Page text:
NLRG was formed in 1957 to help in the study of birds in the Lancaster and District Birdwatching Society area. There are currently 12 active ringers. Species currently being studied include: Pied Flycatcher, Bearded Tit, Sand Martin, Twite, Goosander, Oystercatcher and Grey Wagtail. Migration has been studied for 28 years at Heysham. We welcome anyone who wants to observe, help or perhaps wish to become a ringer. Photo: A Heysham-ringed Twite on the Mull of Kintyre (thanks to Eddie Maguire)

Wednesday, 31 December 2008

A Tale of Two Bitterns

On the 8th May 2000 a brood of Bitterns were ringed at Leighton Moss by the RSPB Research Staff, they were sexed using DNA technology. In the years since then ringed Bitterns have been seen regularly at Leighton Moss. It was thought that only one bird had survived for the ring numbers could not be read.
However with the recent advances in digital photography and digiscoping it has been possible to read the ring numbers and it has now been definitely proved that there are two ringed Bitterns, both female on DNA evidence at the time of ringing.

1291703 has been only seen from the Jackson and Griesdale Hides at the western end of the Reserve. It appears to be the female that has nested in this area for several years. Its sibling 02 (see photo) has only been positively identified from the Lower and Public Hides at the eastern end of the Reserve. So it appears on present evidence that these two birds have different ranges within the reserve. 02 has only been positively identified between late autumn and early winter. However Elaine and Eddie Prince saw a ringed bird at the Lower Hide on July 5th 2007 but could not see the critical part of the ring. Also on 28th September 2007 they saw two ringed Bitterns at the Lower Hide on an occasion when the Jackson and Griesdale meres were disturbed by Reserve staff undertaking habitat management work but no details of the rings could be seen.

It is amazing that both these females have survived so long and at 8 and a half plus years they are the oldest Bitterns recorded by the British Ringing Scheme. One rather worrying aspect is the question as too what extent there is inbreeding within this tiny and isolated population.

Many thanks to all those observers who have photographed or observed the birds. Please continue to pass any sightings to the reserve staff.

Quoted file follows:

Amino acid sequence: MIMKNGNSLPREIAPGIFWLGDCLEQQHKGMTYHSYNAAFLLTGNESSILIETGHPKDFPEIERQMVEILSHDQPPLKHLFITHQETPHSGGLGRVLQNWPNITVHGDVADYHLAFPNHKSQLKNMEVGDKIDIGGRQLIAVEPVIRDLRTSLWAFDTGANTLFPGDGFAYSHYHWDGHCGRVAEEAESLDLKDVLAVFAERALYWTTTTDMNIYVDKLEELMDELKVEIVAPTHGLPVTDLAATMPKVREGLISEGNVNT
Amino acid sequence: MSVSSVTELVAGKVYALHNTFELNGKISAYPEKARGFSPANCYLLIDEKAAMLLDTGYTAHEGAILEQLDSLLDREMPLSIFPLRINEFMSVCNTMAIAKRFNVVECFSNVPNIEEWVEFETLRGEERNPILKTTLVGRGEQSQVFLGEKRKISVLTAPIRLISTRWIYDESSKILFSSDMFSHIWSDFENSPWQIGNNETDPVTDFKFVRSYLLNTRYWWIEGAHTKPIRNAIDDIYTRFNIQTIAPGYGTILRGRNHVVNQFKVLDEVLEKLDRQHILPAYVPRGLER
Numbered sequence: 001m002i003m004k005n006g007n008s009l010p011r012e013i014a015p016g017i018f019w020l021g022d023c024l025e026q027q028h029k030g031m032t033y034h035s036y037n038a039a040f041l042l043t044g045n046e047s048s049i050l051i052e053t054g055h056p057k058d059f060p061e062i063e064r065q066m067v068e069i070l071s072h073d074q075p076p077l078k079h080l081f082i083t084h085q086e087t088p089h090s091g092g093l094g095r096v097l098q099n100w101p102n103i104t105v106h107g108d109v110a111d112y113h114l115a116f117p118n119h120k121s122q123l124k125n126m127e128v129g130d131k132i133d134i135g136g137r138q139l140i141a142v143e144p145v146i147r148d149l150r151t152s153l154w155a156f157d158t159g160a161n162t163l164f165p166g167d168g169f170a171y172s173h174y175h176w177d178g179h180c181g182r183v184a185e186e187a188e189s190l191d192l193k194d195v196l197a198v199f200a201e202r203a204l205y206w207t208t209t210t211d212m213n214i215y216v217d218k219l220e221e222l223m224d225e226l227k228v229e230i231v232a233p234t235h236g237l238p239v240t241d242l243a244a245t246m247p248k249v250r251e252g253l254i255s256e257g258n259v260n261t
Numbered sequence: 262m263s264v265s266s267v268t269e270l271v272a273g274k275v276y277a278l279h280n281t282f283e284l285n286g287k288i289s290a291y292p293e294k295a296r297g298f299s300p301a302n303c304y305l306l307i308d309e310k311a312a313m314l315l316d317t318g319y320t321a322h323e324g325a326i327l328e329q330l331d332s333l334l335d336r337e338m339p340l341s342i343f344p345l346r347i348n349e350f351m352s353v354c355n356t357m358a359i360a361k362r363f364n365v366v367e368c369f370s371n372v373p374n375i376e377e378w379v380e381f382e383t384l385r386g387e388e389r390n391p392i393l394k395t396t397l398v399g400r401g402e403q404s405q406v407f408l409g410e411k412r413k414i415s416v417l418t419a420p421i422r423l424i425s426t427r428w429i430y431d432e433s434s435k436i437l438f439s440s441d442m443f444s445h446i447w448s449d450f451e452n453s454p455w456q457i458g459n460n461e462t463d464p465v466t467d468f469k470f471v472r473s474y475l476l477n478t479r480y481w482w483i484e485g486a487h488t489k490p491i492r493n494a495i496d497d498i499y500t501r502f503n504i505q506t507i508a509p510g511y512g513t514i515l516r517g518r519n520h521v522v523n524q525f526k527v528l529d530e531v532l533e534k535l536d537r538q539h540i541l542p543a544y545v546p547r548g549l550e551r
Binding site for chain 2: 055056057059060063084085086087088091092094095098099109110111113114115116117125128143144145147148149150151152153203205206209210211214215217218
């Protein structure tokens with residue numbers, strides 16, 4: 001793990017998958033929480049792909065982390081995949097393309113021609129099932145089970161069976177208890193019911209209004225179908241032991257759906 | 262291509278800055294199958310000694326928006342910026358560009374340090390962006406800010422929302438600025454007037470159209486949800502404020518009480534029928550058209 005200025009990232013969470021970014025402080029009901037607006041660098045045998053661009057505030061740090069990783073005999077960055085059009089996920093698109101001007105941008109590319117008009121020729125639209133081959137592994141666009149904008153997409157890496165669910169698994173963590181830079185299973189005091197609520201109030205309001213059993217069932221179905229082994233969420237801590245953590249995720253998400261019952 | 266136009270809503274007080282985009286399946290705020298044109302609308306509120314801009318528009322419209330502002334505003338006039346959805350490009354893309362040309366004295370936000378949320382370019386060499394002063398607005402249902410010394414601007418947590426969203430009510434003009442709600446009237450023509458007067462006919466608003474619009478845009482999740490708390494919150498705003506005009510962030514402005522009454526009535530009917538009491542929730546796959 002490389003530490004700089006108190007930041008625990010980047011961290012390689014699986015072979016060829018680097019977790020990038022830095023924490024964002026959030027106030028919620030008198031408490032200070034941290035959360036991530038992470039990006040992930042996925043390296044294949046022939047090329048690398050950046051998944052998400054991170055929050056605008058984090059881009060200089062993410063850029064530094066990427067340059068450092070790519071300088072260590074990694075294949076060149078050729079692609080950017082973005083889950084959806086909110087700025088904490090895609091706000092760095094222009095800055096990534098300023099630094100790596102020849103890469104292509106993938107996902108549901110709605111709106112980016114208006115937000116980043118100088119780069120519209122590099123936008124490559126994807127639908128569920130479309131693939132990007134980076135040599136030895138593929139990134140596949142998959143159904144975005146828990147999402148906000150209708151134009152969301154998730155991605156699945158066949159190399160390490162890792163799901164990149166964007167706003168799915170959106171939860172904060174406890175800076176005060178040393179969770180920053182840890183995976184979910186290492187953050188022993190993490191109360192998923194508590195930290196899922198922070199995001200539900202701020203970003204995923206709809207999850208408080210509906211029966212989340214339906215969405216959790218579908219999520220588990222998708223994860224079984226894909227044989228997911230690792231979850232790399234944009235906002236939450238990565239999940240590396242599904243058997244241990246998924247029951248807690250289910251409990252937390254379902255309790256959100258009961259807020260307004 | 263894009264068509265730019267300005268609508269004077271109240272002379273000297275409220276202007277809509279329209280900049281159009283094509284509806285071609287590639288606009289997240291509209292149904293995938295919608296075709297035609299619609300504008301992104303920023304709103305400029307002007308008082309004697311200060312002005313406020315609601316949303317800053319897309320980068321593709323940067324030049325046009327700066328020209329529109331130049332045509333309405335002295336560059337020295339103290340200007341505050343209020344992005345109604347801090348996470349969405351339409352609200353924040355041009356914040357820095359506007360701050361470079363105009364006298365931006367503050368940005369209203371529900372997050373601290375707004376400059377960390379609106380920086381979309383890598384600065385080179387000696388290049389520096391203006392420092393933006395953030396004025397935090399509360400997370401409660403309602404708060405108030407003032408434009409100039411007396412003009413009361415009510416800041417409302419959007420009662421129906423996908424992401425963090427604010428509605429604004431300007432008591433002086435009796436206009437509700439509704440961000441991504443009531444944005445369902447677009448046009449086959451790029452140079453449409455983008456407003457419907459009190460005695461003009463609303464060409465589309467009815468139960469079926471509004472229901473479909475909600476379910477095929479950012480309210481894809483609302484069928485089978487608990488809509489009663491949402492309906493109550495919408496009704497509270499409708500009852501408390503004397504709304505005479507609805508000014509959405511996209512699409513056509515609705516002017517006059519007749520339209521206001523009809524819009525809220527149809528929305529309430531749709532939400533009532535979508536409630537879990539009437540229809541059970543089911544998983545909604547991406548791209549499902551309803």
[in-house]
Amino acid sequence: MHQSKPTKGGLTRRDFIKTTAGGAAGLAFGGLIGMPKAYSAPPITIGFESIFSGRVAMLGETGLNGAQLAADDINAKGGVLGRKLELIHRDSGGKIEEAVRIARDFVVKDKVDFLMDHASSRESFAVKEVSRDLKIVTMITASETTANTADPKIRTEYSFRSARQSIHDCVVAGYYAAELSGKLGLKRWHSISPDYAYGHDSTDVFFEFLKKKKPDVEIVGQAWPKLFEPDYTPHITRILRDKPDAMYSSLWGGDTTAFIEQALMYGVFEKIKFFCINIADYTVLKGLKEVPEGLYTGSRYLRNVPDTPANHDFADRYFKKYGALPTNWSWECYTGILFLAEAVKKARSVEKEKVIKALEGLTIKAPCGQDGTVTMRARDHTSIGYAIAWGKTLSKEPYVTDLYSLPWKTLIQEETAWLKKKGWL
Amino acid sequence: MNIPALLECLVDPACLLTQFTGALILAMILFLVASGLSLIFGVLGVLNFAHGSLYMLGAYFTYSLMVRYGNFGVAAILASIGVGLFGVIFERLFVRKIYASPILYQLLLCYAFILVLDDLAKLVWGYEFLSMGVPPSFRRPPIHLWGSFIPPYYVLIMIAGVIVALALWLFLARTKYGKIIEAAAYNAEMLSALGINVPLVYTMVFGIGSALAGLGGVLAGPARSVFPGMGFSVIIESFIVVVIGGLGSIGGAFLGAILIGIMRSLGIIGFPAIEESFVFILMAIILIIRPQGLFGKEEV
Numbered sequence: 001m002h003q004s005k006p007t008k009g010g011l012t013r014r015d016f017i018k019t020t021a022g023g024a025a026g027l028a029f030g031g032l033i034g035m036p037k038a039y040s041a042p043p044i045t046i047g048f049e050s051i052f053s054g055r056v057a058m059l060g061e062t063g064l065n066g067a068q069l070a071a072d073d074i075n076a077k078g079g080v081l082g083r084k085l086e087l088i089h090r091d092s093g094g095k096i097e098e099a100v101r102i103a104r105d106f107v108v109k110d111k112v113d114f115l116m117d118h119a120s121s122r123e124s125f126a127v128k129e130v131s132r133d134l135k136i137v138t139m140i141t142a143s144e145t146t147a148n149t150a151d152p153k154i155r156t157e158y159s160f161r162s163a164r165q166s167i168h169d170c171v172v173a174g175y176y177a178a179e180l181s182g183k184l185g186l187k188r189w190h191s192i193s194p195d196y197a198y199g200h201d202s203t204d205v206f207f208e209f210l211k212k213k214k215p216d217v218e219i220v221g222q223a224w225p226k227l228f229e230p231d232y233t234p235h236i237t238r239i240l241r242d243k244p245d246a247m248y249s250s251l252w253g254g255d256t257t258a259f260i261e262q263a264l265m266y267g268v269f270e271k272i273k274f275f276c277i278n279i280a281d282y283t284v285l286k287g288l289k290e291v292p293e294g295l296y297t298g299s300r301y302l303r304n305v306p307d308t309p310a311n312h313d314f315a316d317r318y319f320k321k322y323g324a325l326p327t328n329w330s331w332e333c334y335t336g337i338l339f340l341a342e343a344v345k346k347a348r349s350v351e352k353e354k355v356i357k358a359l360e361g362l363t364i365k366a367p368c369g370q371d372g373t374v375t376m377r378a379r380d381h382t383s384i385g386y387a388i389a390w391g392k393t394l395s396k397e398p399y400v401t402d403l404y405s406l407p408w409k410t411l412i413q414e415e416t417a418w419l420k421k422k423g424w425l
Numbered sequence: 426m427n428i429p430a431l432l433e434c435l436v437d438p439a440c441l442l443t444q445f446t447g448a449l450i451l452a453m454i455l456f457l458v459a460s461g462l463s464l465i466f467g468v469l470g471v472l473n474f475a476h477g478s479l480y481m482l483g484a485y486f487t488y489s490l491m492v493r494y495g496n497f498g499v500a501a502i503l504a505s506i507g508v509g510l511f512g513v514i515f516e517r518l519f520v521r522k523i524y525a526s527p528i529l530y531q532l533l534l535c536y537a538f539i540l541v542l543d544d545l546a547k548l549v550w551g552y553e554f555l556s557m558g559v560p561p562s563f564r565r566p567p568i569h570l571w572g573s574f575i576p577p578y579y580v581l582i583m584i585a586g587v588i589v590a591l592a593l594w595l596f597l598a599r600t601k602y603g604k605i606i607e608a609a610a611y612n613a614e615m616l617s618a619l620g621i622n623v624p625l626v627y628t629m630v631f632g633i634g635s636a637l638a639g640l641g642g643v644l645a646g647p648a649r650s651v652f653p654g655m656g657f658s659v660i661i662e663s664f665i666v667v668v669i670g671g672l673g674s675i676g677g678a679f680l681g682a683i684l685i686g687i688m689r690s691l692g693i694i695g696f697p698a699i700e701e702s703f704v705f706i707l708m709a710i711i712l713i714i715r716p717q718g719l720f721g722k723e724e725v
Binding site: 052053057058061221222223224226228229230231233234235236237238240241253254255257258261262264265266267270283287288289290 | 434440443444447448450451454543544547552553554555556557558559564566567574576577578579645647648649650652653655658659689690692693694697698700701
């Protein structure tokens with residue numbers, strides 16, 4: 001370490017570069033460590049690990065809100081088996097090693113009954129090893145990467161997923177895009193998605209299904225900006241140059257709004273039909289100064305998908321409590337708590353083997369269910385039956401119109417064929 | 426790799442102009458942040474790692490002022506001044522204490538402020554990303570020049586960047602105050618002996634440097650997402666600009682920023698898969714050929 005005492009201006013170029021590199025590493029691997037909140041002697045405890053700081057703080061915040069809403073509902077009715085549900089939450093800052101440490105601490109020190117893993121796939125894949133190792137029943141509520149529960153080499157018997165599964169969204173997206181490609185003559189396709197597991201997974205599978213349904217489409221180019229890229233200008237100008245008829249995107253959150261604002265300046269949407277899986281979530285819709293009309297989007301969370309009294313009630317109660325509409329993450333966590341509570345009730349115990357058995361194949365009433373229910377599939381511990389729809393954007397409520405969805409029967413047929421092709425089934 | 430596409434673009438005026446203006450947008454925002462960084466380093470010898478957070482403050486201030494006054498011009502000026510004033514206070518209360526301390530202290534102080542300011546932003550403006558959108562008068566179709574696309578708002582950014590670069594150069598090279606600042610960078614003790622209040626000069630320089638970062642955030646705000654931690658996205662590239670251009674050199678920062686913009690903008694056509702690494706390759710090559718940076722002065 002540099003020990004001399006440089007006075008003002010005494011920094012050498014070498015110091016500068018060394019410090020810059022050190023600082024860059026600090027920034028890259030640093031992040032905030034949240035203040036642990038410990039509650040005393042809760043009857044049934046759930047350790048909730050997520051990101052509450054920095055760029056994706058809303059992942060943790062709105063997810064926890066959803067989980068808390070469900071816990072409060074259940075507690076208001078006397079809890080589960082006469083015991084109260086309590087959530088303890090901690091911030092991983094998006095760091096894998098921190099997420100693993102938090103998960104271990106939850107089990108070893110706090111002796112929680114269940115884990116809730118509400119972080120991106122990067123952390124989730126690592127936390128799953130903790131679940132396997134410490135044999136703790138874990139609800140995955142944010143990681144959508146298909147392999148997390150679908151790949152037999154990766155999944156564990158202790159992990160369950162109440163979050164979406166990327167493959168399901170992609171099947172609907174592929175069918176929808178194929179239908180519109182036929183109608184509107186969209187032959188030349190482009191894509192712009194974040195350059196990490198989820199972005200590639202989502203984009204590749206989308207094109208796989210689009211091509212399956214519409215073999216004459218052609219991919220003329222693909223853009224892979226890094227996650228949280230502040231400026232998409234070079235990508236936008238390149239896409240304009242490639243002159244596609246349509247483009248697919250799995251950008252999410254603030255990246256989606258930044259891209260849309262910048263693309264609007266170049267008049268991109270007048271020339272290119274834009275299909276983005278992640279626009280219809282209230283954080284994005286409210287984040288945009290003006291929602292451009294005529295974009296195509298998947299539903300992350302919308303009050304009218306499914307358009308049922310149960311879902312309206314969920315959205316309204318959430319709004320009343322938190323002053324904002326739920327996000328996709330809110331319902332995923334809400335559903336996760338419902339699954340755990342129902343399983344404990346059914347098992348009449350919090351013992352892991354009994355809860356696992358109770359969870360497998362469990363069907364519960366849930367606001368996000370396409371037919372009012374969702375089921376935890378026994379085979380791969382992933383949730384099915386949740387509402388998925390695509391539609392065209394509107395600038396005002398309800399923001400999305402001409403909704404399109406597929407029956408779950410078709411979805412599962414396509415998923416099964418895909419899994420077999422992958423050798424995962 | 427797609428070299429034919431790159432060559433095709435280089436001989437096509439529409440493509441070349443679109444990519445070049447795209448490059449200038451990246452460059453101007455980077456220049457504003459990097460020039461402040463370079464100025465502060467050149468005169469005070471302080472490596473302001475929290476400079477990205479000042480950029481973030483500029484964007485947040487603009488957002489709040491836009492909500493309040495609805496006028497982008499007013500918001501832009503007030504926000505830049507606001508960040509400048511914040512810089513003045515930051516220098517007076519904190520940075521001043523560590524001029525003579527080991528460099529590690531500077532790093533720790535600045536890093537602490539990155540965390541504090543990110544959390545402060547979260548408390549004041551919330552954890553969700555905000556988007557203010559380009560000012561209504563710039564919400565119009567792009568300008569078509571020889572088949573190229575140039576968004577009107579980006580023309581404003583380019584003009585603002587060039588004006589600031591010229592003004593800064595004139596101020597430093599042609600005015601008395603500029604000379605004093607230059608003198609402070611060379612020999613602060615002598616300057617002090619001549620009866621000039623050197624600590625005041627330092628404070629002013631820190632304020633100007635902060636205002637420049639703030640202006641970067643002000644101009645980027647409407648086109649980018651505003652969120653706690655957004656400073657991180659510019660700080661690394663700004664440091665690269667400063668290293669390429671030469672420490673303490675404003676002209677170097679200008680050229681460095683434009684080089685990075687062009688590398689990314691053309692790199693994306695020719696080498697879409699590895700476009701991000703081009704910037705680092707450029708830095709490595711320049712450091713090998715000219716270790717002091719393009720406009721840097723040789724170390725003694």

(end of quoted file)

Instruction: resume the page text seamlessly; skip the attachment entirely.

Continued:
Monday, 15 December 2008

Heysham Waders

On Friday an excellent catch of 461 Oystercatchers was made at Heysham Helipad. Of these just 13 carried rings including a bird with an Icelandic ring. Weights and measurements were taken from about half the birds including the extent of moult. The bulk of birds (99%) had more or less completed their main flight feather moult strongly suggesting that the birds roosting at Heysham are in good condition even though large quantities of mussel spat have been removed from their feeding grounds this autumn.

Of the 13 ringed birds 6 were ringed at Heysham between 2001 and 2006. Another was ringed as an immature bird in South Wales in November 2004. The final bird we have details for was ringed as a chick in Northumberland and caught at Heysham in 2001.

On Thursday and Friday sightings of 7 colour ringed Knot were made at Heysham and near naze. Of these 5 were seen last winter and two are new to the bay. All of them have been ringed within the last 8 years on the Waddensea by NIOZ ( Please keep an eye open for colour ringed waders as there are very few observers in the bay and provide huge amounts of information about the use of Morecambe bay.

Friday, 12 December 2008

Recent Waxwing information

Anyone reading this, please carefully check any Waxwings for colour rings - Mark has led the way with the Barrow (Clitheroe) bird & note that Raymond suggests movement in the next few days, possibly/probably including some more in this area. Some nice public relations etc. on the Cumbrian (Dalston) link in Raymond's letter. All schools should plant ornamental rowans - some great lesson plans every few years!

Birds appear to be moving through quite rapidly with few left around Aberdeen now. There are a lot already in Ireland (per pager etc.) as there appears to be quite a bit of 'west' in the SW movement, with relatively few birds at traditional eastern England locations. That may be good news for this area, as suggested so far.........or the rest of the birds to the north of us may end up in Ireland. In this respect, Edinburgh & the "Central Belt" (where there are quite a few at present) is west of Carlisle!

Here are the longer distance recoveries on Raymond Duncan's PDF - I wasnt quite sure of the resighting history around Aberdeen and therefore the number of days involved in the actual movement for some of them.

09/11/08 Scotstown Rd, B of Don, Aberdeen
17/11/08 Peebles, Scottish Borders Hit window 8 days

09/11/08 Scotstown Rd, B of Don, Aberdeen
21/11/08 Resighting Barrow, Lancashire 12 days

09/11/08 Scotstown Rd, B of Don, Aberdeen
26/11/08 Resighting 17 days Alnwick, Northumberland

09/11-08 Scotstown Rd, B of Don, Aberdeen (& resightings in area?)08/12/08 Resighting Ramsey, Isle of Man (after being seen at Crieff? - not sure about this bird exact details)

13/11/08 Marriot Hotel, Dyce, Aberdeen (& resightings in area?)08/12/08 Resighting Longtown, Cumbria

22/11/08 Bedford Rd, Aberdeen University
09/12/08 Resighting 17 days Dalston, Cumbria 21/11/08

One solitary bird was ringed at Gibraltar Point and then subsequently seen at Lincoln

Raymond's letter:
"Hard to believe it's only just over a month since we had our first waxwing catches in Orkney and Aberdeen. All have gone from Orkney and we appear to have only scattered groups left in Aberdeen. It has all happened so quickly this winter. We are missing them already (but the mistle thrushes aren't)!

Many thanks to all observers for their sightings and photographs. It's been very exciting receiving your records. Update number 2 is attached. 5 sightings by RSPB Edinburgh in a lunchtime was great but these large flocks in the Central Belt appear to be breaking up and continuing on south. Big influx into Cumbria at the weekend (2 sightings) and note ORO's cross country movement to Isle of stop Ireland?